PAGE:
Edited by Gordon Bowness
It started in a cage. That's what we called it, “the cage”, the hub of my workplace, The Barracks, a very old-school denim and leather bathhouse that stood at 56 Widmer Street in Toronto until 2005. I was fortunate to work there in the late 1990's – fortunate, like it's fortunate we have chemotherapy. Like chemotherapy, what doesn't kill you makes you stronger.
The repetitiveness of being a bathhouse attendant (or “towel hag” as my dear friend, Robert so lovingly named us) was soul-destroying. I had legs like Catherine Zeta-Jones from running up and down those ancient stairs and the lungs of a Cape Breton coal miner from the cigarette smoke and various toxic inhalants that hung in the air. As they checked in, each regular customer – and believe me, they were almost all regulars – would ask for a specific room. If it was occupied they would begin a countdown of favourite rooms. By the time they would get to the seventh or eight option I'd be ready to reach through the bars of the cage and throttle them.
The Bum Washer. Swampy. Lacey With The Golden Smile. Thing One and Thing Two. Where's Waldo? We had names for all the regulars. Some came twice a day. Their patterns became so predictable. It was like working on an assembly line, only you could smoke... oh, and have sex with the customers on occasion (discreetly, of course). Hey, the manager's office didn't have a queen-size bed in it because he worked late.
The 12-hour shifts seemed endless, every one a life sentence. So to pass the time I made paper cutouts. Dozens and dozens of them. Customers kept asking me if I'd gone starkers. “Packet of lube please. What's that? Paper dolls, eh? Ha, ha, this place has finally got to you, eh? Ha, ha.” Or, “Someone's shit in the sauna. Oh, paper dolls I see. Finally lost it, eh? Ha, ha.” As time slipped away I snipped away – legions of little men, flying penises, shooting stars, crowned princes with dangling wieners, angels dancing with devils, a kaleidoscope of faeries and phalli. All unfolding and interconnected.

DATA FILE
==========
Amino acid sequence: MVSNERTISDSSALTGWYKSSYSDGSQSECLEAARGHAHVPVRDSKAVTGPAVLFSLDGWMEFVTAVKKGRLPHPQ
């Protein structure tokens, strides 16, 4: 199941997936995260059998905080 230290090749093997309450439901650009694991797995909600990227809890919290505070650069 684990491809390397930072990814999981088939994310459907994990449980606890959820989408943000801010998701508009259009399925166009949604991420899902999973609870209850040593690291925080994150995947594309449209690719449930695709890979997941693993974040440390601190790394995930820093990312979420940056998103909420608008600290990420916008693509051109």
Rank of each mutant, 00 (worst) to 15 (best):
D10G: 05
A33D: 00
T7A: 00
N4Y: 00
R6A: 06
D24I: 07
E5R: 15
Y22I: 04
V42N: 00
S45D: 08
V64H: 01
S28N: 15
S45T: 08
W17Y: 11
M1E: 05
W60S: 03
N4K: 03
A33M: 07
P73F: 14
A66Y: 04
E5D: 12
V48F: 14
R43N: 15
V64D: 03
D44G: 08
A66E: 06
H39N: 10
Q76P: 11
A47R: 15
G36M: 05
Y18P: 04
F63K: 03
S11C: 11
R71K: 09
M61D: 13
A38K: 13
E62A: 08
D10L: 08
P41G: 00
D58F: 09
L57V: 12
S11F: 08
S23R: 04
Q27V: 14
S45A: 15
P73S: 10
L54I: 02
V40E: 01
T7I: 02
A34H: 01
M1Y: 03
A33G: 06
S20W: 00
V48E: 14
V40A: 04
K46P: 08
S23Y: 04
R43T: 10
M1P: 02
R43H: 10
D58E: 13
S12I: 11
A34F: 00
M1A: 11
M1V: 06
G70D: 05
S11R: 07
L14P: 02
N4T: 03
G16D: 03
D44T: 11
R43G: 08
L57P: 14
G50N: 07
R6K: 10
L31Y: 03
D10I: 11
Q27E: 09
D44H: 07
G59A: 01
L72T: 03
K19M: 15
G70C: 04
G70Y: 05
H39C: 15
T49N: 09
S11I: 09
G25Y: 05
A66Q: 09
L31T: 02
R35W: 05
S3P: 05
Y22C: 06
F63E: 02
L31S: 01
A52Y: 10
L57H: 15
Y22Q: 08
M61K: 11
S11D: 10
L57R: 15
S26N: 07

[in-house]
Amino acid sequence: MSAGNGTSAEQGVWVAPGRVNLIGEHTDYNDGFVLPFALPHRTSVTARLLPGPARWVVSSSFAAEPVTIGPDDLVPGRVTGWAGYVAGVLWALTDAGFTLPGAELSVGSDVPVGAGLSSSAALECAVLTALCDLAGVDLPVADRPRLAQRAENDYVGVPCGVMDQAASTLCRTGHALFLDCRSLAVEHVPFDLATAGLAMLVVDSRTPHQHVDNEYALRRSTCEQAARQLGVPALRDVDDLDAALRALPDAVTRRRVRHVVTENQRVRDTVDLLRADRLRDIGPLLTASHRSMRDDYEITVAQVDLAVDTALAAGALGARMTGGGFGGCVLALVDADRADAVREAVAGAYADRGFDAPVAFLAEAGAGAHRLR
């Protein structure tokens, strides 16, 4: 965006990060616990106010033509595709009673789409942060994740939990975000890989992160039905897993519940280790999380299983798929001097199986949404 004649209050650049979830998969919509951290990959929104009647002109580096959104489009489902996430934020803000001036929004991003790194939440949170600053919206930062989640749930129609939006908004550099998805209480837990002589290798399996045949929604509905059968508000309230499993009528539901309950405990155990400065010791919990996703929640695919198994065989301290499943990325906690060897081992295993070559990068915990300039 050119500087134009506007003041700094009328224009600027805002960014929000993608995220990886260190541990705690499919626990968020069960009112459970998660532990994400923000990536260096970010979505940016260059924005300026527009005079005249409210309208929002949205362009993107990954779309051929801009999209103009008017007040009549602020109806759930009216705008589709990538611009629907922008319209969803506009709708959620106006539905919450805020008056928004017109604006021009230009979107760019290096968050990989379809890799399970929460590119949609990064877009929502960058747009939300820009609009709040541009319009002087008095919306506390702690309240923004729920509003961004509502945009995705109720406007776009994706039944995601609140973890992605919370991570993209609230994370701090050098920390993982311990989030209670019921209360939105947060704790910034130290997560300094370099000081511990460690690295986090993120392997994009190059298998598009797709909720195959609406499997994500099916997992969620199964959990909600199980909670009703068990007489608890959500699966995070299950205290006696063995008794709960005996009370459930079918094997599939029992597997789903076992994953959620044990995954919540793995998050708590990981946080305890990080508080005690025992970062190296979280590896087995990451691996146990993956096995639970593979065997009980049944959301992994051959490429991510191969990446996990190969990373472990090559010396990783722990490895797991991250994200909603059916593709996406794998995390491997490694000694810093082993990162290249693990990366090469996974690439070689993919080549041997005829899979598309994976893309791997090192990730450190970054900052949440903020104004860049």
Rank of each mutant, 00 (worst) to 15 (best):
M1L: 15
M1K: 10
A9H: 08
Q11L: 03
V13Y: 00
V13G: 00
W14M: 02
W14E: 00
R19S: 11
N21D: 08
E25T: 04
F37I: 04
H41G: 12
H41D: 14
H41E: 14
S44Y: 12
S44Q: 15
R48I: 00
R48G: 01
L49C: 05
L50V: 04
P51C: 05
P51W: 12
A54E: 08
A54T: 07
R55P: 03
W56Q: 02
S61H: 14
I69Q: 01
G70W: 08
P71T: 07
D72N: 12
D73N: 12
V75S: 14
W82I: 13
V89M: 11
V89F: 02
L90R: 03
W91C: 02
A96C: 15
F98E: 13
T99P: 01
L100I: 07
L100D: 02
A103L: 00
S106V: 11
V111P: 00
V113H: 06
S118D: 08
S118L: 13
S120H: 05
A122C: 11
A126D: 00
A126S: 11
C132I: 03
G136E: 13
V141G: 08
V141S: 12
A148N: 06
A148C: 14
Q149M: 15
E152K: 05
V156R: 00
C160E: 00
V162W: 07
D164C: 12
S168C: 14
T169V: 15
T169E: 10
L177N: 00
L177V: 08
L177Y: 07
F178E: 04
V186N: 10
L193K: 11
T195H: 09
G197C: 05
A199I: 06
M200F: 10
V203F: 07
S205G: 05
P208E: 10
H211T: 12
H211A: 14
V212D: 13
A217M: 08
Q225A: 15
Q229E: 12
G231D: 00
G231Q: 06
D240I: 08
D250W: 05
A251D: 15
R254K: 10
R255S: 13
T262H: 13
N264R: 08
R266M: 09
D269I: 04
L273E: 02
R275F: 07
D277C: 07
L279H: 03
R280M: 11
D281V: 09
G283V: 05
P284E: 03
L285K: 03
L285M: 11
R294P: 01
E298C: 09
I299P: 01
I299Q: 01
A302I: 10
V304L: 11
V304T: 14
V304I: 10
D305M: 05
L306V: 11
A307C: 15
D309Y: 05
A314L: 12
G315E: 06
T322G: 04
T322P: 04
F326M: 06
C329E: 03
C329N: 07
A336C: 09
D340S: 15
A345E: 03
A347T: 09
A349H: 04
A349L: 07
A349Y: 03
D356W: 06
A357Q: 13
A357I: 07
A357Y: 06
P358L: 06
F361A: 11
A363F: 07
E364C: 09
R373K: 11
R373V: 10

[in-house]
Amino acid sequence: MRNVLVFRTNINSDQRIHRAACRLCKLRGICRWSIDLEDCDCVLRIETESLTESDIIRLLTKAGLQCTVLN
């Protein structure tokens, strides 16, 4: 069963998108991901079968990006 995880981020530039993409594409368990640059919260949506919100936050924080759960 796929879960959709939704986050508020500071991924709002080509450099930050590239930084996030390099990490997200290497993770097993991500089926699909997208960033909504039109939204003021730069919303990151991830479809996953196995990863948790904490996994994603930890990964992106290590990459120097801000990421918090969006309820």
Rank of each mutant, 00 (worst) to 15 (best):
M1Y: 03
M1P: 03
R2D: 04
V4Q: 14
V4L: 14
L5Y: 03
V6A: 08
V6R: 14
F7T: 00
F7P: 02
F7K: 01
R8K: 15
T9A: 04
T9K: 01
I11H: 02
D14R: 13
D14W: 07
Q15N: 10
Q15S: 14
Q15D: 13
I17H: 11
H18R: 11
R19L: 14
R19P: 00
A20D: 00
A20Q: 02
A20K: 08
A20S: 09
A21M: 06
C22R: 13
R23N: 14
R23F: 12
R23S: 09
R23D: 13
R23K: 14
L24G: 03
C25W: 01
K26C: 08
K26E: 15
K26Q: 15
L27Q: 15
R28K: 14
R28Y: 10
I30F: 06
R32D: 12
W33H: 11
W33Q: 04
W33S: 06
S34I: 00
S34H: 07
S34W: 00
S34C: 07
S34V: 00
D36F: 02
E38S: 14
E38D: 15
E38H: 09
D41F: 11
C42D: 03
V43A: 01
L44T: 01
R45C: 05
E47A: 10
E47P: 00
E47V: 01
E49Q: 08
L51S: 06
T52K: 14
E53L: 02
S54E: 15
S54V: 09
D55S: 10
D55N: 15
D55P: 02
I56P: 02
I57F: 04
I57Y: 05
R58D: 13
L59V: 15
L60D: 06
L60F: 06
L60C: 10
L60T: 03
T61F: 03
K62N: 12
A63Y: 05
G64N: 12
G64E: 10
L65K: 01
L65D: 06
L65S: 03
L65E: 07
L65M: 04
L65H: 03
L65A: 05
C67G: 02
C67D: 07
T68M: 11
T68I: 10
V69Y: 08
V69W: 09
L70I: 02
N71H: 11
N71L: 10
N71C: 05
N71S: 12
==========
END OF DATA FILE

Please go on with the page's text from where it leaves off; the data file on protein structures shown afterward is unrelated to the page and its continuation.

Those lacy little patterns were my salvation. It was all about the patterns. Consider the hundreds of times I ran up and down the stairs of the Barracks like a rat on a rope, the whole time trying not to slap the customers and not to think about how much my life sucked.
Believe it or not, I'm an advocate of bathhouses. Baths are truly magical places. I met some of my closest friends there, including my husband. I've had truly ecstatic experiences with a multitude of men. I had poetry read to me while a man was being fisted in the next room. I played pool with my best friend, the two of us wearing only boots and jockstraps. I watched many stunning sunrises while downing endless cups of bad coffee. And I had a fungus grow on my shoulders from the Barracks' crumbling basement ceiling that leaked water from the douche shower above. Ah, memories.
So, a decade after I checked in my last customer, I decided to transform some of my cutouts into something that speaks of communion and commemoration. After all, they helped me transform myself. So I turned them into quilts – not the traditional pieced together variety, but quilts divided into cubicles, like a bathhouse.
P. W. J. Hare
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